Delta Fieldwork Under COVID-19

March, April, and now May of 2020 have brought many changes with the COVID-19 pandemicWe’re staying resilient throughout the Colorado River basin. Let’s learn how our staff in the Colorado River Delta are adapting to continue to care for Laguna Grandeour restoration site at the valley of Mexicali, Baja California

Celia Alvarado with cottonwood sapling, pre-coronavirus. Photo: Rabí Hernández, Sonoran Institute

What are staff in the field doing differently due to the pandemic? 

Our focus has been on keeping plants in the nursery alive for future propagation and providing irrigation in the restoration sites, which has been possible so far. 

The field staff watered the plants and trees in the nursery three times a week during April and has been doing so daily during May since the warm weather started. It is done just by two staff members that live in the community and are at walking distance from the greenhouse.


Guadalupe Fonseca, leader of field crew at Laguna Grande. Photo: Rabí Hernández, Sonoran Institute

“So far, our plants are surviving well, but the probability of stress and slow development for young trees and shrubs increases with the heat and reduces methods of watering.”
–Rocío Torres Moguel, Director, Sonoran Institute Mexico

The hydrology technician has overseen field irrigation during March, April, and May. We have filled the lagoons with water as an alternative irrigation method during this quarantine time. This is done by opening irrigation gates along the canals bringing water from the Colorado River. This is always measured and must be communicated with the canalman to make sure the allotted amount of water is taken. Luckily, this can now be done over the telephone. Areas irrigated by drip are not operational right now with limited staff. So far, our plantings are surviving well, but the probability of stress and slow development for young trees and shrubs increases with the heat and reduced methods of watering. 

Signage alerting staff to practice safety

 Our crew is also following the common precautions noted on signs posted throughout the sitefrequent hand washing, cleaning and disinfecting surfaces, keeping 6 feet (or two meters) away from fellow humans, and avoiding contact with anyone if feeling sick, and only driving one person per car.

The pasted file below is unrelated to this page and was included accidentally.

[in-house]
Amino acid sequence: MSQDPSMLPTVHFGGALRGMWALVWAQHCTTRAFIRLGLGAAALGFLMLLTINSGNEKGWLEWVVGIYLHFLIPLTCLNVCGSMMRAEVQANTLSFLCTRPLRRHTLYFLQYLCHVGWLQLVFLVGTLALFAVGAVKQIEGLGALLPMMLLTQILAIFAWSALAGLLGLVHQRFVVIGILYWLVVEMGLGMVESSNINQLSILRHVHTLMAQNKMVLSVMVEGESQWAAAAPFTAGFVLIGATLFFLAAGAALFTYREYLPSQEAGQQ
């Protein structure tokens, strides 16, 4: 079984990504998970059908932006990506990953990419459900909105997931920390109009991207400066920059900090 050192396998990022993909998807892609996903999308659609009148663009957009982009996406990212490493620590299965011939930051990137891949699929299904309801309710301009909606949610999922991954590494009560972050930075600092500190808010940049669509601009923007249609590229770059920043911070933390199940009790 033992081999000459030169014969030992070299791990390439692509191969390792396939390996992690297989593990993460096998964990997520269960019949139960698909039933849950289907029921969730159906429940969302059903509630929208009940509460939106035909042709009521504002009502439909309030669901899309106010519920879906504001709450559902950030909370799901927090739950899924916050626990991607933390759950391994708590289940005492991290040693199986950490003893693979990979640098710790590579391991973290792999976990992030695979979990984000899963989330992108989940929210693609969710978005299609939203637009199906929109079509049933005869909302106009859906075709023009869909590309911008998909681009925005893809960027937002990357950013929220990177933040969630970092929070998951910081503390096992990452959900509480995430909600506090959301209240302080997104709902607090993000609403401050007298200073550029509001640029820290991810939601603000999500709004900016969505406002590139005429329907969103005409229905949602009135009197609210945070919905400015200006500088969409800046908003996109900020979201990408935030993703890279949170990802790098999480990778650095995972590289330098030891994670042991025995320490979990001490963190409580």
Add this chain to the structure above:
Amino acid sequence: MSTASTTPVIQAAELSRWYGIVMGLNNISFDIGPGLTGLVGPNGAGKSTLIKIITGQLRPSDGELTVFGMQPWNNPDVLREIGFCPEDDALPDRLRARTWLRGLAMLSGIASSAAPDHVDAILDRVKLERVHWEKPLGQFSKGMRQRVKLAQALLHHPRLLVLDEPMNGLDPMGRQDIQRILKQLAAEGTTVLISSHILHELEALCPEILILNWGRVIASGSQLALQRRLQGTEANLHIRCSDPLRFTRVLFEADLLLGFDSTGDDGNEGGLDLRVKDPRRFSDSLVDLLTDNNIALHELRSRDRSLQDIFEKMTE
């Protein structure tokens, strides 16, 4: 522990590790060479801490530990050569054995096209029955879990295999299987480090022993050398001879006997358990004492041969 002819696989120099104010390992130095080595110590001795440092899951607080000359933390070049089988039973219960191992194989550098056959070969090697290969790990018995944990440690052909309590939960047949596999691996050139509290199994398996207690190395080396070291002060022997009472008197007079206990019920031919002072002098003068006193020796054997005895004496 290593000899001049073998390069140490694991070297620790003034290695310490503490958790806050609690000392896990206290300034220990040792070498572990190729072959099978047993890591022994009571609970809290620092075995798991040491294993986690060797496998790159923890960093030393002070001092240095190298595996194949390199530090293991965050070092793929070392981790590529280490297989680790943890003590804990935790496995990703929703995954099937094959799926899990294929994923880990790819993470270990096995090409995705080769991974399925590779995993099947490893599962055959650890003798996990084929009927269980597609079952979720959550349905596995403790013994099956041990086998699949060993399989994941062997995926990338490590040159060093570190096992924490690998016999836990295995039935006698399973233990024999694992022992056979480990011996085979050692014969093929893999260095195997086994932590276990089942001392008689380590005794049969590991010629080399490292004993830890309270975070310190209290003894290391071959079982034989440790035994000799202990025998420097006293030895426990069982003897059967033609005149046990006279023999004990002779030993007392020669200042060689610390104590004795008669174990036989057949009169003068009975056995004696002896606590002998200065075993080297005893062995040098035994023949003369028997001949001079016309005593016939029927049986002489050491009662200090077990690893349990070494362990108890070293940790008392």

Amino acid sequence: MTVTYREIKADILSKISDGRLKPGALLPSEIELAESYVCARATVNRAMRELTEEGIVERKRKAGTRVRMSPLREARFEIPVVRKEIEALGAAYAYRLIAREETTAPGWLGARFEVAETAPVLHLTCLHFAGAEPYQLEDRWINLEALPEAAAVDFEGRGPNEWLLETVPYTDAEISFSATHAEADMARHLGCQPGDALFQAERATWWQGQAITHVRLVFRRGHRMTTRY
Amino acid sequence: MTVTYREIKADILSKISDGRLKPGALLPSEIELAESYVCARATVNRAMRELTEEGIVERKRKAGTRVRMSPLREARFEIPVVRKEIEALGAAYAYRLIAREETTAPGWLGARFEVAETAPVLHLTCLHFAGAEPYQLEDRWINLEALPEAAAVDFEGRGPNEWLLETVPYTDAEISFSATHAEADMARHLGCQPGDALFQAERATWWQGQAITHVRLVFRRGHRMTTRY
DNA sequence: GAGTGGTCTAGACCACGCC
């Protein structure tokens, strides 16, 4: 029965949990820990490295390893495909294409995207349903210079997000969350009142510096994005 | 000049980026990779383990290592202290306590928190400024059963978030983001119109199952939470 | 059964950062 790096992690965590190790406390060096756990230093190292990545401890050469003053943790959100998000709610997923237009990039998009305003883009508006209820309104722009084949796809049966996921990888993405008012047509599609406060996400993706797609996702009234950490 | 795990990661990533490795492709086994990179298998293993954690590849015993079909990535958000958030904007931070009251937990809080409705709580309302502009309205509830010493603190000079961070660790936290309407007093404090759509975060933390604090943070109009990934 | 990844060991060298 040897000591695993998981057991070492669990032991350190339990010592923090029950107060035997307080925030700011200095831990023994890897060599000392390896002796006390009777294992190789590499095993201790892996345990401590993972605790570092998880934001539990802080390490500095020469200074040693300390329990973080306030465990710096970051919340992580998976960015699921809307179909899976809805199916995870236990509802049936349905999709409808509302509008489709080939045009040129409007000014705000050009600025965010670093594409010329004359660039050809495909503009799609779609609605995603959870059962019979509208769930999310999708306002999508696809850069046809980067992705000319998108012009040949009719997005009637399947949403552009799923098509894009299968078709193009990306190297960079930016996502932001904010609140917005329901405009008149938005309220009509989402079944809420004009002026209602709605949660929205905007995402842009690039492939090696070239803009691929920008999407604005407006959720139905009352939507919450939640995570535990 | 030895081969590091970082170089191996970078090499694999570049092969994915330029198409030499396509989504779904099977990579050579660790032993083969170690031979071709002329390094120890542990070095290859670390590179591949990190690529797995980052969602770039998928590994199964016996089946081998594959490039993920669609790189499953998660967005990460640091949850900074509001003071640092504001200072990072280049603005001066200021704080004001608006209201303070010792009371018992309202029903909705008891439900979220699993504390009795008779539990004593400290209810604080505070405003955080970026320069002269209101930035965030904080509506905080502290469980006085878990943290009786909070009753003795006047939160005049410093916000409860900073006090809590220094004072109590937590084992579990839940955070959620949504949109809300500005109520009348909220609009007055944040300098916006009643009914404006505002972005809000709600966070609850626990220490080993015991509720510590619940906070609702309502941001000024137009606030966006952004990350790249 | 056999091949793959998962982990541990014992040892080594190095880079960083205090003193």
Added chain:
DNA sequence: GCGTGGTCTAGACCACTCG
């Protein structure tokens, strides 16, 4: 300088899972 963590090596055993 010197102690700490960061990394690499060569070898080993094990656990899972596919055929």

Given that our school tours have been suspended to our Laguna Grande Interpretative Center, our environmental education team has been giving talks to high schools with Zoom. We have great videos and infographics developed with the support of donors that have been very useful for this time. This is the first time our team has given online talks. Given the new situation we are planning on preparing an on-line program to pursue our educational goals with schools from the city and communities from Baja California. 

Greenhouse, Laguna Grande

How our restoration sites have been affected? 

 With fewer staff than usual some impacts are to be expected: some of the trees in the nursery haven’t been able to be transplanted to larger containers on schedule or haven’t received regular pruning which both lead to undesired morphology, i.e. funny looking Charlie Brown specimen. 

Delaying new plant propagation for mesquite treesherbaceous shrubs means we may not have as many plants ready for our regular fall planting season. And, some of our cottonwood and willows have seen some stress due to cutbacks in irrigation.

Alfredo Zavala and José Luis Cabrera tend to the Laguna Grande Restoration Site. Photos: Rabí Hernández, Sonoran Institute

How can you help?

Taking care of plants in the nursery, safely transplanting them to the earth, maintaining monitoring and irrigating all take manpower. Supporting the Sonoran Institute with a donation will allow our field staff to continue our mission all over the Colorado River Delta, including the Laguna Grande Restoration Site. Your support can help us purchase plants that couldn’t be propagated this season to be planted later in the fall, improve drip irrigation controls, and provide jobs for field staff. Conserving water at home is another important step to help the environment and everyone in the region.

Blog Post By: Rocío Torres Moguel, director, Sonoran Institute México